On the Fundamental Limits of Coded Data Shuffling for Distributed Learning Systems
Published 2018-07-11Version 1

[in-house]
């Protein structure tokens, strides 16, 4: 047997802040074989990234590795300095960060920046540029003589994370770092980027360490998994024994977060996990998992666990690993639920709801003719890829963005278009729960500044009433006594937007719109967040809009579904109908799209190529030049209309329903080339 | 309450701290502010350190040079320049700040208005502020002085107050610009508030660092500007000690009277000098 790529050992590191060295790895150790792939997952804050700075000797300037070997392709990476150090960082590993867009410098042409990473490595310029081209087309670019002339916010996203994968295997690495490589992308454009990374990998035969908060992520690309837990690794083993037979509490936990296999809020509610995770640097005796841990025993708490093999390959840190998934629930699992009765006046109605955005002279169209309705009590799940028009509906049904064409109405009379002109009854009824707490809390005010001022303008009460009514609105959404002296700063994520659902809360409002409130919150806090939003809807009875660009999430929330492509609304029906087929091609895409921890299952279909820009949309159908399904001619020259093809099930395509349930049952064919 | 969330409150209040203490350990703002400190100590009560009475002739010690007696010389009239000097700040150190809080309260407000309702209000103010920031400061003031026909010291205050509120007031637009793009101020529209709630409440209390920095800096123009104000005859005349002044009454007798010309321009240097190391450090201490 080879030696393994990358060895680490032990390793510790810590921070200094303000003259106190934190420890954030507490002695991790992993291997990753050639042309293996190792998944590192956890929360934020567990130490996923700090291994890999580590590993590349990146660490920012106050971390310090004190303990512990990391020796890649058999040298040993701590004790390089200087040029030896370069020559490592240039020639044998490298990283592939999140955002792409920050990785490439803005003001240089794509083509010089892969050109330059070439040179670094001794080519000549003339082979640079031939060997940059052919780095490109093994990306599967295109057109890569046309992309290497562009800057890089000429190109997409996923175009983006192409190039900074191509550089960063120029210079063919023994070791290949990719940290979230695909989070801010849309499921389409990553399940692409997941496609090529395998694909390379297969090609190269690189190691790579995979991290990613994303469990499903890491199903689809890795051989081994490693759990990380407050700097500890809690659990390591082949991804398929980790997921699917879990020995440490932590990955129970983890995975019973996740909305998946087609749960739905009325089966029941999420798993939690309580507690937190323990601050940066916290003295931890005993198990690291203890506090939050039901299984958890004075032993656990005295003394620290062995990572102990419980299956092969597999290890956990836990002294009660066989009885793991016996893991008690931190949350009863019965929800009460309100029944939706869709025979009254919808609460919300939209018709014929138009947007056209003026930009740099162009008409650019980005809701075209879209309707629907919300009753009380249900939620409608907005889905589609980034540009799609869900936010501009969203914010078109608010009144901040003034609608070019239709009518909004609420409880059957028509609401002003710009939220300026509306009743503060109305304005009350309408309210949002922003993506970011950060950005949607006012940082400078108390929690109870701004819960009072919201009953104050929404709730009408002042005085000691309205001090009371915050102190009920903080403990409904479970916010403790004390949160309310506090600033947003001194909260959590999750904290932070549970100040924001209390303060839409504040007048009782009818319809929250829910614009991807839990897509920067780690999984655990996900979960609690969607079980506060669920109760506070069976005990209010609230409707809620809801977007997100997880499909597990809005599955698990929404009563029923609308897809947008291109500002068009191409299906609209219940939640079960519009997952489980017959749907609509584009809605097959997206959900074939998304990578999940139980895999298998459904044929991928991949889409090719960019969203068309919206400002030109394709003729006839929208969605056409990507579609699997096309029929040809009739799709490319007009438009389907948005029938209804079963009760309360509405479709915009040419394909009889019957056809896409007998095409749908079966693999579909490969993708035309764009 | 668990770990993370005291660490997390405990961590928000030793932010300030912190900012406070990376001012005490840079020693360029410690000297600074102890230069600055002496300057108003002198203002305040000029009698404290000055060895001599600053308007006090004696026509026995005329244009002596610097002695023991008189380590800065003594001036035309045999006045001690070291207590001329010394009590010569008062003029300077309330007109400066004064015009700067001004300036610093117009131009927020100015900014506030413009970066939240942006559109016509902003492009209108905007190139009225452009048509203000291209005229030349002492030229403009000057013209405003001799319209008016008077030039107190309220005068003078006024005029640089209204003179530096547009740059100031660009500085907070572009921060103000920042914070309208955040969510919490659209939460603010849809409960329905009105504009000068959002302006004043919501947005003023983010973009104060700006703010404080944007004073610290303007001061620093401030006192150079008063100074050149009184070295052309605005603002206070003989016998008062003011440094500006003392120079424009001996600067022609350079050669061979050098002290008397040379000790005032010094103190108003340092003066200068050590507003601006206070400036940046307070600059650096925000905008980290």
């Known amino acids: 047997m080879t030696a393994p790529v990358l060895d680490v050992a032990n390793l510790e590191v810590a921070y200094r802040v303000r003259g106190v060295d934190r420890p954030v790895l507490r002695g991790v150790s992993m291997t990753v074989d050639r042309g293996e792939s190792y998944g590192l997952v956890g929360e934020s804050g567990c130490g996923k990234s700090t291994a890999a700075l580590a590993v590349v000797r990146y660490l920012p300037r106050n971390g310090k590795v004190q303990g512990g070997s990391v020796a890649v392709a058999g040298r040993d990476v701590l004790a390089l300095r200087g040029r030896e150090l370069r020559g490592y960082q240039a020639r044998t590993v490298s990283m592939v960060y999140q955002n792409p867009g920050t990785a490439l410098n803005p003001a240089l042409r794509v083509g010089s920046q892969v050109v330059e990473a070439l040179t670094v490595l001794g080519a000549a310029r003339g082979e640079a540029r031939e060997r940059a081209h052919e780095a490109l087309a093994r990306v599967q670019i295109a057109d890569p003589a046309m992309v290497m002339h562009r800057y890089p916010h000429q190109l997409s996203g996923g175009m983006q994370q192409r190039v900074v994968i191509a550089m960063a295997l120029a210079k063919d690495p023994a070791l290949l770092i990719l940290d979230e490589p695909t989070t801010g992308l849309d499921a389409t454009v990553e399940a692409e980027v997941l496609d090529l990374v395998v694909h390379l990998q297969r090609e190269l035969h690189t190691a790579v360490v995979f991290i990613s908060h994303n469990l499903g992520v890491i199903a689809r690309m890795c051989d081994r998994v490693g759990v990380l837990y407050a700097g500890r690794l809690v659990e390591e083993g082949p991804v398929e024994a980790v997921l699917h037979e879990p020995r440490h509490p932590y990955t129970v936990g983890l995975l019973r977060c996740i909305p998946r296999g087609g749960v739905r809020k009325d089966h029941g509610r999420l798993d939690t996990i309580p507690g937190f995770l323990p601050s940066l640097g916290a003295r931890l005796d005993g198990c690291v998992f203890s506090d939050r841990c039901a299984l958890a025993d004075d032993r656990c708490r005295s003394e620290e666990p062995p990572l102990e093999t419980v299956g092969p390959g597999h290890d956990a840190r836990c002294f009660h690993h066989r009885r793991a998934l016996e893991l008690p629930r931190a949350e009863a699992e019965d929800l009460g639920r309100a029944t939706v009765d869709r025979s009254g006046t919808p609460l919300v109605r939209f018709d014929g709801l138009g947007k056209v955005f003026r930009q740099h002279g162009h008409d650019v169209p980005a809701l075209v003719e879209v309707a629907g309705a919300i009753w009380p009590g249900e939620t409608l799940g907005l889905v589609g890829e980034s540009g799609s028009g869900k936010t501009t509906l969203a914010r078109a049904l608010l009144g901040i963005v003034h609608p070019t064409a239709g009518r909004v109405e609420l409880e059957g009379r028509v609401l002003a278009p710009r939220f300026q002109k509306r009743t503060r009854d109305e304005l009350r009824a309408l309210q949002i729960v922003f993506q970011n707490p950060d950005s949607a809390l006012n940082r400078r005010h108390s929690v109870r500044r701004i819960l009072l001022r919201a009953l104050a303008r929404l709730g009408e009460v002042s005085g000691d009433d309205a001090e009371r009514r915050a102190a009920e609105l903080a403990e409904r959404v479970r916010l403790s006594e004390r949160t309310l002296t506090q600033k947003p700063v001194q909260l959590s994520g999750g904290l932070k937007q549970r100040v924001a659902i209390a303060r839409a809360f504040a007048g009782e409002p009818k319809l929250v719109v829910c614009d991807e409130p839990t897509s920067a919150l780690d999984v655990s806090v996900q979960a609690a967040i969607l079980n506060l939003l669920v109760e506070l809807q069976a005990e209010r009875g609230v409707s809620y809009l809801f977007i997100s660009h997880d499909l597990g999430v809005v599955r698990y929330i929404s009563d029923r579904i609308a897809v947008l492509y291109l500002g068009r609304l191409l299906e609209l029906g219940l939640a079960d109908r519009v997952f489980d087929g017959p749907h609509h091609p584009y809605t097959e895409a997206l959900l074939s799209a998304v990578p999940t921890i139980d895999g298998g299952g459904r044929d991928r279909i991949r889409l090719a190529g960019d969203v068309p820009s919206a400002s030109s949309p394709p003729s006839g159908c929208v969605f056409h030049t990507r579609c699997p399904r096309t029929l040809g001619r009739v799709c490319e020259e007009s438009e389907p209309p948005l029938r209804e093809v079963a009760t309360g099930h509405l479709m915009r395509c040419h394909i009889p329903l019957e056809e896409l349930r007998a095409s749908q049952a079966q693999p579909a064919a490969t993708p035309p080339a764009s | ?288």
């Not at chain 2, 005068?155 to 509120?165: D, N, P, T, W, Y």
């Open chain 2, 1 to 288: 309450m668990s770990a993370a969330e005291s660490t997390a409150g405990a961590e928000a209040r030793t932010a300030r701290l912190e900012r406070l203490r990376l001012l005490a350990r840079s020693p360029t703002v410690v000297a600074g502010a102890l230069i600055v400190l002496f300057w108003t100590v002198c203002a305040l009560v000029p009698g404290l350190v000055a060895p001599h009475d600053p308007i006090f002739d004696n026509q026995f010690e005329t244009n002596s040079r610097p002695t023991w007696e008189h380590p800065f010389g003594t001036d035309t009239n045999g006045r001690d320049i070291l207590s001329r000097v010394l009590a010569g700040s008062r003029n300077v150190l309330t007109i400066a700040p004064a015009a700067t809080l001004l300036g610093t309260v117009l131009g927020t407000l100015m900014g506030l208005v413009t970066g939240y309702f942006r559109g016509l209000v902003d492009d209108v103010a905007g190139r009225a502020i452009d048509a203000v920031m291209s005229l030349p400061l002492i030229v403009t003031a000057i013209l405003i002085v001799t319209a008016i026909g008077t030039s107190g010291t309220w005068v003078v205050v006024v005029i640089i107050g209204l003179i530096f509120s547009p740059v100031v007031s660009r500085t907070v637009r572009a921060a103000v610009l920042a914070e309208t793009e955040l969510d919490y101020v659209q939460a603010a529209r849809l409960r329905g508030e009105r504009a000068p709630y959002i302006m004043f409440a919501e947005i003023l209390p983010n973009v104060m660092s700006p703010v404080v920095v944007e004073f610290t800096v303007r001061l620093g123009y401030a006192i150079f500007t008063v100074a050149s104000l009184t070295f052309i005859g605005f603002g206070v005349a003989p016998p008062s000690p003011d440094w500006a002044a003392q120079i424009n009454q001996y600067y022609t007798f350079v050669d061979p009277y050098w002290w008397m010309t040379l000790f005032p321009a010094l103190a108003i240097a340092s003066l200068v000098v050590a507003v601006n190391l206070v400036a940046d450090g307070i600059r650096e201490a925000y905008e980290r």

We consider the data shuffling problem in a distributed learning system, in which a master node is connected to a set of worker nodes, via a shared link, in order to communicate a set of files to the worker nodes. The master node has access to a database of files. In every shuffling iteration, each worker node processes a new subset of files, and has excess storage to partially cache the remaining files, assuming the cached files are uncoded. The caches of the worker nodes are updated every iteration, and it should be designed to satisfy any possible unknown permutation of the files in subsequent iterations. For this problem, we characterize the exact rate-memory trade-off for worst-case shuffling by deriving the minimum communication load for a given storage capacity per worker node. As a byproduct, the exact rate-memory trade-off for any shuffling is characterized when the number of files is equal to the number of worker nodes. We propose a novel deterministic coded shuffling scheme, which improves the state of the art, by exploiting the cache memories to create coded functions that can be decoded by several worker nodes. Then, we prove the optimality of our proposed scheme by deriving a matching lower bound and showing that the placement phase of the proposed coded shuffling scheme is optimal over all shuffles.